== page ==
One last, unexpected time… lonesome writer me, adjusting to the beginning of a new business career, suited up, baffled, a bit misfit, my terminal naiveté on full display. The partial lyrics for the outline below are now posted at .

Unexpected, in this particular series, because I had forgotten that this attempt existed, and when I remembered it, thought I’d have difficulty finding the two or three pages where this project exits. (And I haven’t found them since renewing the search.) Somehow, keyword laptop searching, I discovered I had already put the lyrics into a word document, and actually had written an outline for a musical.

Adjusting to the beginning of a new career, and privately displaying the “tell” that would characterize my entire career trajectory – I was observing, and commenting in my style on what I experienced, rather than diving into the details and focusing on the source of the paycheck – installing and helping sell the new technology. The business wasn’t paying me for a documentary on my perceptions. I found “Copyright 1968” in the original scribblings, which means I was only one year into this professional life, too soon to make judgments on the process or the people. The next similar project, my five-year creation of a board game “Chairman of the Board,” will be documented soon as “Folly #1” of my life. In a sense, the musical script in the later “The Adventures of Tom Watson” post is an extension of this career focus diversion.

From here I’ll just summarize my concept, then copy the outline and comment on what I had in mind for the plot, and identify where some lyrics are fleshed in.

The Concept: Mesmerized in my new work environment, I was joining the computer industry just as data processing was rocketing upward. IBM had just announced the third generation of mainframe computing with its System/360, the industry and employees were young and energetic, the (VietNam wartime) economy was roaring, and women were bounding into the professional workforce, and, often management. Every week the office bulletin board would announce promotions of ladder climbers, as I was trying to adapt to my brave new world.

The theme was a reversal of boy meets girl, climbs the ladder, leaves girl behind. This would be girl meets boy, climbs the ladder, leaves boy behind. Two critiques from my Sunspots on the Moon script influenced the plotting: My college advisor had recommended more conflict, such as an unexpected pregnancy; and a community theatre director had described the script as “didactic,” so I was intending to have the leading womanizer become the hero when emotional turmoil dominated.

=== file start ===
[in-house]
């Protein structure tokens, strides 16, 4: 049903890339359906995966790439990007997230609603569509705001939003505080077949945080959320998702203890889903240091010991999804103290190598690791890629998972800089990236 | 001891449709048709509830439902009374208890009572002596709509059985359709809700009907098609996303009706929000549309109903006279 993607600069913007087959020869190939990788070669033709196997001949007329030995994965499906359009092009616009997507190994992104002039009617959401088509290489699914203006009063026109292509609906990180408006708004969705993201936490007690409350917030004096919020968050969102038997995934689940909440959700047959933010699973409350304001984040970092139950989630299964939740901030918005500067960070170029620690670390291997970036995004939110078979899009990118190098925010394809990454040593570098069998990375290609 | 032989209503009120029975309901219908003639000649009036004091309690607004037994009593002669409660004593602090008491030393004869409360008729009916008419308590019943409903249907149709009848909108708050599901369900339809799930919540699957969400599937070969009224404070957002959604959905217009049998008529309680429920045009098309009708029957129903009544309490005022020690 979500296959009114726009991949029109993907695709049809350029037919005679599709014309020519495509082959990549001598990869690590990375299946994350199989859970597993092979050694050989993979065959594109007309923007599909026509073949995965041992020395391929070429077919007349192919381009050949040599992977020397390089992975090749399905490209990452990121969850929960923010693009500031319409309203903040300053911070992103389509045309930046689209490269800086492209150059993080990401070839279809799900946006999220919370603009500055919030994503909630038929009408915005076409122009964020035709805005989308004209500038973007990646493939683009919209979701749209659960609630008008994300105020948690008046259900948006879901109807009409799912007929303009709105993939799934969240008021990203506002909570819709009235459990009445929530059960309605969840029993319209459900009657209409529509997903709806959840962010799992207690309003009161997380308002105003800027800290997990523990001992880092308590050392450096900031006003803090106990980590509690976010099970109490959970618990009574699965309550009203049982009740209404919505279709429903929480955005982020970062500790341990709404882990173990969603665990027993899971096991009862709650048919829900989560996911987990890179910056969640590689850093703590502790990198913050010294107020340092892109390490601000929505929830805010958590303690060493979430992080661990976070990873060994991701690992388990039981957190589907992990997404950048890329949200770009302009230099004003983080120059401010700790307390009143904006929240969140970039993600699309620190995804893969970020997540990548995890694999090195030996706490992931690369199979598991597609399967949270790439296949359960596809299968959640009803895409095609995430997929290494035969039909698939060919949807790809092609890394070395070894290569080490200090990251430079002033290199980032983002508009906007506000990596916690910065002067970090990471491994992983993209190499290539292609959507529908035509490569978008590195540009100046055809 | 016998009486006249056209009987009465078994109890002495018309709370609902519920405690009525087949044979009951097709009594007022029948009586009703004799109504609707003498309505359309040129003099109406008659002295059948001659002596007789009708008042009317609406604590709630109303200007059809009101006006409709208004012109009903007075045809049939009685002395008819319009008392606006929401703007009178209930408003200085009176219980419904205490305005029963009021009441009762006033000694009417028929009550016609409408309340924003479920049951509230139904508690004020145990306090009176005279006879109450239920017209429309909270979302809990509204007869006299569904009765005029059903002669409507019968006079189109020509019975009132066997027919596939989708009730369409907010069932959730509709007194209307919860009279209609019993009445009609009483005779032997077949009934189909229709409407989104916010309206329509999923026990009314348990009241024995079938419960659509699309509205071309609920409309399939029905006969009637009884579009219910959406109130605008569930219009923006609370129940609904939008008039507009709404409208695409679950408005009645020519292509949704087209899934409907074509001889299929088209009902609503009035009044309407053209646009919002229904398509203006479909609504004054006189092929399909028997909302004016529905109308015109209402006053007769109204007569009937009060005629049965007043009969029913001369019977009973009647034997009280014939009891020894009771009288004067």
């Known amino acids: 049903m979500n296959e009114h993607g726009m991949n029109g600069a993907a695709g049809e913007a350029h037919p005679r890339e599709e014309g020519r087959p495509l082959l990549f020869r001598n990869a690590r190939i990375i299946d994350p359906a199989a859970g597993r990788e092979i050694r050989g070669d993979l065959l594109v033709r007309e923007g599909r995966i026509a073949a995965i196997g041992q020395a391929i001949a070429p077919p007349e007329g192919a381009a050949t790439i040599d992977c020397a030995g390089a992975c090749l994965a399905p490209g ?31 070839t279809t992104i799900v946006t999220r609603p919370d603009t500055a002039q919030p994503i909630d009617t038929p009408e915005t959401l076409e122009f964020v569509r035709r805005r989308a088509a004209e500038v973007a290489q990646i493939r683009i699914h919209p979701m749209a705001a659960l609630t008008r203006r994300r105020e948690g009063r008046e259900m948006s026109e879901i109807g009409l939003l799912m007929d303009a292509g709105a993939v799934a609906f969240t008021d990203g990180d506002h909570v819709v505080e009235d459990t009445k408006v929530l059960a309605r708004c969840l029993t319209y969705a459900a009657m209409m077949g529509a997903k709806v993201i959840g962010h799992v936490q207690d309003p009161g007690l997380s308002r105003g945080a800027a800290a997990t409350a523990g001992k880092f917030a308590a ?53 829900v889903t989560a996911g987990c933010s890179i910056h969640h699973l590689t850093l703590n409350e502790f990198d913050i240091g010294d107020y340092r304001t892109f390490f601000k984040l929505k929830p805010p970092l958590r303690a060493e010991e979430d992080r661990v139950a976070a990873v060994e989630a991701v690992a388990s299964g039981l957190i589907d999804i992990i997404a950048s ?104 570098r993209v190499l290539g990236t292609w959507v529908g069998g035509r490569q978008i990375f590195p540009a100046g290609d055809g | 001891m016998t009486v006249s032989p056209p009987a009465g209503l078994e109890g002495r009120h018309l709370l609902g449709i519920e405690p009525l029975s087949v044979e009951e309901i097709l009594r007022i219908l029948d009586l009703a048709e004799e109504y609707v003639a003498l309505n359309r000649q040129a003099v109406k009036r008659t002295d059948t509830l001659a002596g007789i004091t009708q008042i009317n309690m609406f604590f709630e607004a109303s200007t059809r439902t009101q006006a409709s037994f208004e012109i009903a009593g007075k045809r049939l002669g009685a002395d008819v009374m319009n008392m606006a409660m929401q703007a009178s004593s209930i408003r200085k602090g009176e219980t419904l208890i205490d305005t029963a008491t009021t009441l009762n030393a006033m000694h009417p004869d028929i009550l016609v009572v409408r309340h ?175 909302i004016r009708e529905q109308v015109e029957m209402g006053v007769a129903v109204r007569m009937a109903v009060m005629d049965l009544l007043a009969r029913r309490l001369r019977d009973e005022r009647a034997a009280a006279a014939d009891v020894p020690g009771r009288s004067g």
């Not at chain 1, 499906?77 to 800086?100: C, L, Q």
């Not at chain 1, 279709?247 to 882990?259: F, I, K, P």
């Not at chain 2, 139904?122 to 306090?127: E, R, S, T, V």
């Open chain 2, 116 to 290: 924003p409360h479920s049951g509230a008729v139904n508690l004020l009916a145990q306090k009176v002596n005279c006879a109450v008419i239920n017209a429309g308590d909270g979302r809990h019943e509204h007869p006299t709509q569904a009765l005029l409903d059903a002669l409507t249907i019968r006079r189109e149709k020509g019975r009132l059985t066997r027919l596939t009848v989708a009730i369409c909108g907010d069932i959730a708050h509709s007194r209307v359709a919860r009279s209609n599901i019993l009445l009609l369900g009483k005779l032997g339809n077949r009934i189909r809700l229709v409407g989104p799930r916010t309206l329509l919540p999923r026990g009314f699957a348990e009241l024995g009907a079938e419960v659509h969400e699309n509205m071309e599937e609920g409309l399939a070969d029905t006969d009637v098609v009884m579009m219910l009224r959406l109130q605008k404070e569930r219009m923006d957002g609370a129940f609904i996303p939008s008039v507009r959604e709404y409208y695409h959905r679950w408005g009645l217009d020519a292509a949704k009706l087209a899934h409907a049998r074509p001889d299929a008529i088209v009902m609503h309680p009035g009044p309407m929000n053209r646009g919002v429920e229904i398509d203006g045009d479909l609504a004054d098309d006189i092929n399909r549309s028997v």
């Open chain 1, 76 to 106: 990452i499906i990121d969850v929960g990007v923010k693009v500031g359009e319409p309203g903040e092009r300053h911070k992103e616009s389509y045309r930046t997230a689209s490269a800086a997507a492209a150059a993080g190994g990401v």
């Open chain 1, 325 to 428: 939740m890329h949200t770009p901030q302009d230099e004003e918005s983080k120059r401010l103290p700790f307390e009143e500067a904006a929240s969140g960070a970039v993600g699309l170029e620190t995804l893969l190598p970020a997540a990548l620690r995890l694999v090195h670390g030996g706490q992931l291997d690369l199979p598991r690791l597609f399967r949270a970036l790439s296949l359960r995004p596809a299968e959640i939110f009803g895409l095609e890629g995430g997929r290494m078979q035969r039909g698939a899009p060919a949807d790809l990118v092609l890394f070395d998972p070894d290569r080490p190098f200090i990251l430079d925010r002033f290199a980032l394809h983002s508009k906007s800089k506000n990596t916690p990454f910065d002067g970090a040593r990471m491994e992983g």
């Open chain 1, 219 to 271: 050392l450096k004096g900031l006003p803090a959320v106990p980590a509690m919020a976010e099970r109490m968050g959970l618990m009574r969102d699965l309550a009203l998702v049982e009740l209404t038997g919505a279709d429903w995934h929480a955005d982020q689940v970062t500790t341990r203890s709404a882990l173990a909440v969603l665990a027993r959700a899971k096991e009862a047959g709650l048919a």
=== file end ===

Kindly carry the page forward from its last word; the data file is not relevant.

No dialogue was written, but I did scribble up several lyrics. The unwritten scenes are described below, along with lyric snippets. CONSOLIDATED CONSOLES was to be a script more about personal interactions in a lively, emerging office world, somewhat of a cousin to How to Succeed in Business Without Really Trying, rather than “The Adventures of Tom Watson” concept, which was in effect a paean to the Watson family and its business practices and accomplishments.



“Commuter Shuffle”

Opening number is an instrumental mélange of cacophony depicting the morning commute. Passengers and drivers on trains, buses, subways, and cars roll by, swaying, honking, dozing, reading the daily press. A group of “suits” steps off train, turns and salutes the office building behind, chanting: “Pledge your hearts, dedicate your souls, consecrate your lives to – CONSOLIDATED CONSOLES!” Nattily dressed ladies step off subways and buses with the same salute. A young former school teacher now Nerdy young intern arrives on a bicycle, starts the chant but has to be coached to get all the words right. A young lady Dynamo in accessorized bright red crosses the street from her apartment and nails the chant.

“Consolidated Consoles”

“Pledge your hearts, dedicate your souls, consecrate your lives to – CONSOLIDATED CONSOLES!”

Bell – Award

Inside the office, a bell rings, and a manager awards a large bonus to a salesman – a recurring event throughout the script.

“For a Fortune”

The players, professional and administrative, describe their aspirations in a group fugue.

“How do we measure? How do we test? How do we know which one’s the best? THE ONE, WHO HAS THE BIGGEST – FORTUNE! – FORTUNE! THE BIGGEST FORTUNE!

“Joe Nobody”

Young nerd, apart from the mainstream, philosophizes his direction:

“Joe doesn’t glow in the corporate dance, but – give Joe the the chance, give Joe the chance.”

“I Don’t Want to Go to New York”

Bell rings again to announce a promotion, a salesman off to a management position in New York. Several in the crowd cluster to react to the good/bad news:

“I don’t want to go to New York! I don’t want to stay home after dark! I don’t wanna get mugged in Central Park! I don’t wanna go – I don’t wanna go – I don’t wanna go to New York!”

“Congratulations, You Son of a Bitch”